This little film is about the same work, in the same format, but with a very different look and feel. Done simply to show you how basic design changes will greatly impact the look, feel and potential success of your project. My advice, venture forth.

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Nine Lives

Old School, 20-dupe slides

I’m not sure who this post if for. Young photographer maybe. Old photographer maybe. Curious photographer? I don’t know. But, I was cleaning out my office the other day, something I find intensely satisfying, and began to uncover A LOT of strange things. Odds and ends. Tidbits. Scraps. Failings. Creative tailings. One of the things that began to emerge was a variety of things all related to the same work. I did the project in Sicily. I like it. It’s one of the things I hope I’m never done with because I can’t imagine not wanting to go back to Sicily or not wanting to keep working on this piece. However, I have enough images where I can say, “I’ve got a project here.”

My second ever Blurb book and first on Sicily. Also the best selling Blurb book I’ve done.
I realized what I had, in the pile of debris from my office was an assortment of portfolios all relating to the exact same work. At first I thought, “Jesus, what was I thinking?” but after deeper consideration I realized these portfolios, in all their incarnations, served a variety of uses and purpose. And I figured that a lot of other photographers probably did the same.

5×7 print box, perhaps my all time favorite way of showing images.
I’m not sure which of these portfolios came first. Could have been the slides, or the small, initial prints, but I have to say, this small box is perhaps my favorite. I do this with much of the work I do. I do a shoot, a real shoot, like a long-term project shoot then I come home, edit. Then, I print the best few images in small size, either 5×7 or 4×6. Those go in a small box like this. That’s it. I keep doing this. Eventually, that little box is full and I’ve got a good start on the project, book, essay, etc.

Inkjet prints with metal, spiral bind.
I think I used this little baby at a portfolio review. Made some inkjet prints, not great ones by any stretch, then bound them in sequence to show at a portfolio review. It has been YEARS since I’ve done a review so I can’t remember all the details.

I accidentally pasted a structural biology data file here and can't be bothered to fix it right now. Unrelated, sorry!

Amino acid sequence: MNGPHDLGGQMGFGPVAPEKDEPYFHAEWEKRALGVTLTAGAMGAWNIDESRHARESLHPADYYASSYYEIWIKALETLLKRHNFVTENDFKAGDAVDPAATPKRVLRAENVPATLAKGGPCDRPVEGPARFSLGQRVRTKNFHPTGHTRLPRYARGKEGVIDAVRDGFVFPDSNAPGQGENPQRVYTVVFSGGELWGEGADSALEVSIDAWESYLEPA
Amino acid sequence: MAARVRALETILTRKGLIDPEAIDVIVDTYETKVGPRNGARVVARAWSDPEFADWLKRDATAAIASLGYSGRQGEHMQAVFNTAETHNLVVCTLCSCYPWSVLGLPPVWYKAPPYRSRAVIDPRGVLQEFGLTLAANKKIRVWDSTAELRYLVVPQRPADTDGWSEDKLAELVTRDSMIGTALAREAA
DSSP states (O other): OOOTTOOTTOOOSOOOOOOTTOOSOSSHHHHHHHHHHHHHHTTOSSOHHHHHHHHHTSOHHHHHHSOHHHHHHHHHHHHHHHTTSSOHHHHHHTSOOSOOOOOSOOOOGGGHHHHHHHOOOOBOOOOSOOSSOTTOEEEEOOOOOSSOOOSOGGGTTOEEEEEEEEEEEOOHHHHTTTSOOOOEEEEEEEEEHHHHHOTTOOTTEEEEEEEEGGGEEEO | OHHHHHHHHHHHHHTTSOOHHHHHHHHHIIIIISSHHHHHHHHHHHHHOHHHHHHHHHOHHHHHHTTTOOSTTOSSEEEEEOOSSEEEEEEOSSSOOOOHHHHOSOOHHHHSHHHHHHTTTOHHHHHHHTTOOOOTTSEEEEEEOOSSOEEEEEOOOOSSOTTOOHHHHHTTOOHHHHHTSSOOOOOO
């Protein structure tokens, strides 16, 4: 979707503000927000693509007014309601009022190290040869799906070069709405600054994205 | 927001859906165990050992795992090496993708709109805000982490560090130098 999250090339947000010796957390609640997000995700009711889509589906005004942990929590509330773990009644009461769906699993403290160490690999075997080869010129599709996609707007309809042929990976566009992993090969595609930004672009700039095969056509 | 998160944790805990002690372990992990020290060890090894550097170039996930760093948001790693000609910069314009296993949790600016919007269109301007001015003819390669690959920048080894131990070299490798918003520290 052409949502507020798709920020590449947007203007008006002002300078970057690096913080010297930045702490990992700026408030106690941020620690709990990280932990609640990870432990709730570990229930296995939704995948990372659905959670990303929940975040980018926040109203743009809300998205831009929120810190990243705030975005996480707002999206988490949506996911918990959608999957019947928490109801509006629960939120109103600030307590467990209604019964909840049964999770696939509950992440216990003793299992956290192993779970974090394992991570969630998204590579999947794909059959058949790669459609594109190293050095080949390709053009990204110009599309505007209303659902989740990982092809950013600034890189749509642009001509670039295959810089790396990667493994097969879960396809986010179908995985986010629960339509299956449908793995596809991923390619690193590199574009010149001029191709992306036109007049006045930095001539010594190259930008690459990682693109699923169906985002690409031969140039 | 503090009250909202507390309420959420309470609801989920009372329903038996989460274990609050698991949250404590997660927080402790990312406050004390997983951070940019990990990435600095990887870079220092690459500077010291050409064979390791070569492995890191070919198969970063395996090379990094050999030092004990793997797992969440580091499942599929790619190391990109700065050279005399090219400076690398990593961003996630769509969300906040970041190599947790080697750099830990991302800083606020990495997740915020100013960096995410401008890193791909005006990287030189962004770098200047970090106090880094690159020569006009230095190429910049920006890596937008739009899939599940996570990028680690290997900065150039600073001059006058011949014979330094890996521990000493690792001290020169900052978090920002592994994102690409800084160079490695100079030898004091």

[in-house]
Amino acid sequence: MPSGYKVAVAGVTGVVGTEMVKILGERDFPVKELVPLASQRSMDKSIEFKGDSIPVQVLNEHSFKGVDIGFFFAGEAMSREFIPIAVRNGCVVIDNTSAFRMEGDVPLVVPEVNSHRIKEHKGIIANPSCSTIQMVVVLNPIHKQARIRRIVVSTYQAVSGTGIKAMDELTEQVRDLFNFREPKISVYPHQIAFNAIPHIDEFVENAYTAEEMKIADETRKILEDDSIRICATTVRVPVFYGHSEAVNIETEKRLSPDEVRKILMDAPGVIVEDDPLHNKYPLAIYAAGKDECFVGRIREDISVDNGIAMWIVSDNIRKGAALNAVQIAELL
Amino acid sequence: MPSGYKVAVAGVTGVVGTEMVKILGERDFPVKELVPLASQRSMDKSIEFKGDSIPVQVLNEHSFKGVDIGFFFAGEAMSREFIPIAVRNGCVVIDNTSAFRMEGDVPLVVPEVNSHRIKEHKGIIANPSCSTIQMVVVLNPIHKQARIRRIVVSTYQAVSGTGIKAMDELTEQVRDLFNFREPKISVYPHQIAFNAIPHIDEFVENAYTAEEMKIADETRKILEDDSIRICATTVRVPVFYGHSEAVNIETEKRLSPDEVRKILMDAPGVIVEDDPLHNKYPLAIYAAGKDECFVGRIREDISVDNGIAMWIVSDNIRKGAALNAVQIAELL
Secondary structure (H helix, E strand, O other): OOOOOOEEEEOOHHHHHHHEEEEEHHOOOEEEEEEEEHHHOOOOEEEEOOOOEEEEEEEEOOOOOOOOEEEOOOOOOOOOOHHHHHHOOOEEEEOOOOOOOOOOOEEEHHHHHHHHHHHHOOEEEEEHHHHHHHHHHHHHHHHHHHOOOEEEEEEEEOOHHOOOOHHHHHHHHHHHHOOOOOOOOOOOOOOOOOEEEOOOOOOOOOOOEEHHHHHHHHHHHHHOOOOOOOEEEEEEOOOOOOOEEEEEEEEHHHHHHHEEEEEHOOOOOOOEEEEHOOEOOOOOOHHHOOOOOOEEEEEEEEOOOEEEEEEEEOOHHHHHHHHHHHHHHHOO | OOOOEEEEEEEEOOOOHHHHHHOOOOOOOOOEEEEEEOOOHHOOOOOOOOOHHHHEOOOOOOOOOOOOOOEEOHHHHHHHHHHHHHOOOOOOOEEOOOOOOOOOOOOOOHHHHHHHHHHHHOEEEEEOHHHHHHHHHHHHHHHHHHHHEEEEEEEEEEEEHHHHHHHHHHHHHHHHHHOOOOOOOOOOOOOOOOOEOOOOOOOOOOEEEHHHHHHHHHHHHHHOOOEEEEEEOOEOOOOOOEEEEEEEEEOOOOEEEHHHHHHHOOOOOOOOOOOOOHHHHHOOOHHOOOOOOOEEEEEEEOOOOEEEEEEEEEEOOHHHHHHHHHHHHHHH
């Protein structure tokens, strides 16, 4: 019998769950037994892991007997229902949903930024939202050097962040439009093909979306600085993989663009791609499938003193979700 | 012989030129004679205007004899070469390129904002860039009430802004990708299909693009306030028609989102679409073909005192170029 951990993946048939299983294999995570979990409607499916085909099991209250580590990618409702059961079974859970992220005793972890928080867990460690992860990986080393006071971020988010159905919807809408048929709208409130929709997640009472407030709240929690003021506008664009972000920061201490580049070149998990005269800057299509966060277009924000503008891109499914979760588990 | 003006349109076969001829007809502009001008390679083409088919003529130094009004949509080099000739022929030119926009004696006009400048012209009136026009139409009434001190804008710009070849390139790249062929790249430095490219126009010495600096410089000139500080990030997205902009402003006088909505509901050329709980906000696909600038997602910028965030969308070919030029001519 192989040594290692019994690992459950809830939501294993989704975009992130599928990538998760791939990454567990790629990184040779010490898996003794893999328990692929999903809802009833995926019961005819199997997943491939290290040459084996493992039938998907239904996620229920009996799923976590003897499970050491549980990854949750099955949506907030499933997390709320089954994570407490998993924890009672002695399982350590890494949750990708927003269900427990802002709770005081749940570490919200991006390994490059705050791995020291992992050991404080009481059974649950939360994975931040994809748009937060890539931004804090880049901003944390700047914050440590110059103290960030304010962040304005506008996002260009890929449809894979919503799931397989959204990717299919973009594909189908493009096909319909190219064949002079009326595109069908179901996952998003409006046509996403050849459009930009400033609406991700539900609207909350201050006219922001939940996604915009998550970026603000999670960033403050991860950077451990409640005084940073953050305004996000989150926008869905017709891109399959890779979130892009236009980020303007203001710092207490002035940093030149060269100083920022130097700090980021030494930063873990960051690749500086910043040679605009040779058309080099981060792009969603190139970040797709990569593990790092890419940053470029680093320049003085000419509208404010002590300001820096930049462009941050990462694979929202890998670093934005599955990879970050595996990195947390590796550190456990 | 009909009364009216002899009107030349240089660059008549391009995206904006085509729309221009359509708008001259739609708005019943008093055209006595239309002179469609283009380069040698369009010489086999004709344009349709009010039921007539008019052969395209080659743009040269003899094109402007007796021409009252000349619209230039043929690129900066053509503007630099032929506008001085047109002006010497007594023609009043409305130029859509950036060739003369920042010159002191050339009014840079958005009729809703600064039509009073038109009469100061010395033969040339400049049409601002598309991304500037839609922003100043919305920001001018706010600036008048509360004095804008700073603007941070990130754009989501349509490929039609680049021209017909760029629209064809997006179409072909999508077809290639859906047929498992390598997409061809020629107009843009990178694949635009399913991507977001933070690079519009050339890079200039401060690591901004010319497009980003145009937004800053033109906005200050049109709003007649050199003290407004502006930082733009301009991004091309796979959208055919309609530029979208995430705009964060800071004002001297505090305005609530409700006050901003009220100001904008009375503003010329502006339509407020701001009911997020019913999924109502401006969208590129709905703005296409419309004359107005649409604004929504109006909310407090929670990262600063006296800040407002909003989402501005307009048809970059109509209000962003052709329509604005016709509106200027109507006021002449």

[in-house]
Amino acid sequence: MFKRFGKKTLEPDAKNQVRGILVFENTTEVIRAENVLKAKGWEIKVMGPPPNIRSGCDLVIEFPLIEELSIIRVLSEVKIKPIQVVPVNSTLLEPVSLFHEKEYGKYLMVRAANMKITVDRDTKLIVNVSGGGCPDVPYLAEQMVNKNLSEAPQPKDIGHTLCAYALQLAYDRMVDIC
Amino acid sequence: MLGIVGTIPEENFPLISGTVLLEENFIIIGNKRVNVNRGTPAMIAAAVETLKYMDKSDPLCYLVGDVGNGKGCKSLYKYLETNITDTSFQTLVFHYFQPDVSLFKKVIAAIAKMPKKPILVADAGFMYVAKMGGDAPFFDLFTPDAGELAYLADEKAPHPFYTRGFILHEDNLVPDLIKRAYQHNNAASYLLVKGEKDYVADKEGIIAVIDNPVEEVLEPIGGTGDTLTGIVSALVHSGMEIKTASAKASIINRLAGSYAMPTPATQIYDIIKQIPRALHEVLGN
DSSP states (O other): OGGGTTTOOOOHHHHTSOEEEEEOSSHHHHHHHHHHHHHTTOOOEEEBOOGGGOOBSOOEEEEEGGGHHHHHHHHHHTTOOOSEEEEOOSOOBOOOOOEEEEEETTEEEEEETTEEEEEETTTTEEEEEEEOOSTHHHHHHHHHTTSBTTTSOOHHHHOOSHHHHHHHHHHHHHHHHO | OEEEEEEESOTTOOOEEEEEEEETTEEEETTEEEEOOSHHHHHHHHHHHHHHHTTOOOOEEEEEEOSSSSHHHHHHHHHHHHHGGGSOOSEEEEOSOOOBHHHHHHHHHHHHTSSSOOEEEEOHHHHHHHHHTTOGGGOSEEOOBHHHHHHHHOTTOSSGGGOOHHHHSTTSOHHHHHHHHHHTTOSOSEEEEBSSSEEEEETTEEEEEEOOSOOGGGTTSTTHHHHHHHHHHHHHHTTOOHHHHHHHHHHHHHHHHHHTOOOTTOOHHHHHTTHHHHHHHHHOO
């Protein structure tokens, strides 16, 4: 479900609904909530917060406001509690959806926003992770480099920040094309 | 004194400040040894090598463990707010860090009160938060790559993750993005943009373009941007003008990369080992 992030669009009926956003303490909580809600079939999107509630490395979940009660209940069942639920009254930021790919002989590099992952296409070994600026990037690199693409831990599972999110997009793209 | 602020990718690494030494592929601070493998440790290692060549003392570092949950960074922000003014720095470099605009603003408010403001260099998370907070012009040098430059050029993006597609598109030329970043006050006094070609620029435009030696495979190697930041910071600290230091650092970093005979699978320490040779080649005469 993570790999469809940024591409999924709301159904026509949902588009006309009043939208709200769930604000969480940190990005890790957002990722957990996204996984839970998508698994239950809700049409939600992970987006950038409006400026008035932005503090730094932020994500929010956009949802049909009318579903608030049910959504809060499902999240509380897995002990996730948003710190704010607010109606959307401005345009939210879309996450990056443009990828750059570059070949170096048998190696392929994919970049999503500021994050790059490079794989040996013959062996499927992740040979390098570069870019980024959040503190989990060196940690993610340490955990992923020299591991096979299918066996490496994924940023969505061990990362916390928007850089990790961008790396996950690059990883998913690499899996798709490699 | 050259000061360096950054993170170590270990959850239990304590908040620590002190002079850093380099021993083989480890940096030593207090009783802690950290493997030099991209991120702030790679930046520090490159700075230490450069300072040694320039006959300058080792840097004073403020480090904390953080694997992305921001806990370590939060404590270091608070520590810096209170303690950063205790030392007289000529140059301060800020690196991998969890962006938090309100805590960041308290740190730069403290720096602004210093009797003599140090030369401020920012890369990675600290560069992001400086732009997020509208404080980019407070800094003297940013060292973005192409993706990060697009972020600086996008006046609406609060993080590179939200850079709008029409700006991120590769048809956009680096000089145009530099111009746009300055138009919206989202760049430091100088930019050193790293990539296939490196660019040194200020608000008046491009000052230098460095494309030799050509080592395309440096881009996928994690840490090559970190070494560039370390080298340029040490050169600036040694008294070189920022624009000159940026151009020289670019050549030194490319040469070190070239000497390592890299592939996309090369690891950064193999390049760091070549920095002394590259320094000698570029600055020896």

Camera Arts and Black & White Magazine
The work was also published at least twice, once in Camera Arts Magazine and once in Black and White Magazine. These too became part of the show process that I added in for this work. At the same type portfolio reviews I would first show them the work, then see if they were really looking or paying attention. Then, depending, I would bust out the publications and say something like “Oh ya, these guys ran this work,” very casually. For some reason this old idea still holds water for some folks, the idea that a magazine would run your work. It’s the old adage, “Well, if they found something interesting then maybe I should to.” I’ve never believed in this, simply because of the work I’ve seen published and knowing some of the reasons WHY it was published. But, alas, I was not immune to playing that game.

A second Blurb book that just wasn’t good. But, I made it anyway.
So over the years I kept coming back to this work and making new books of the material. I’m not sure why but I did. Some worked, others didn’t. But, those that didn’t taught me some good lessons. Printing, cover choice, typography, design, etc.

Another incarnation of the book that was too expensive and took to long.
You might be wondering if this kind of thing is excessive. I don’t know. Maybe. Or maybe not. Maybe ultimately it will lead to the “mega-book” or mega-portfolio.” I’ve not done anything quite so extensive with work since this time, and I think I’ve done work that is equal to or greater than this work.

Large print box, 13×19 prints.
I think this final installment is important. The large print box. These prints are large enough and expensive enough to really make you think before hitting “print,” which means I really had to edit before I hit the button, something I think is being lost in the modern photo-world. I love editing. Not saying I’m good at it, but I do like it. A powerful, talented editor can take a semi-lame duck and turn it into a nicely marinated, slightly crisp on the outside, duck dish of dishes. I know cause I’ve had it happen.
My point with all this. Don’t know. Just thought it was an interesting find.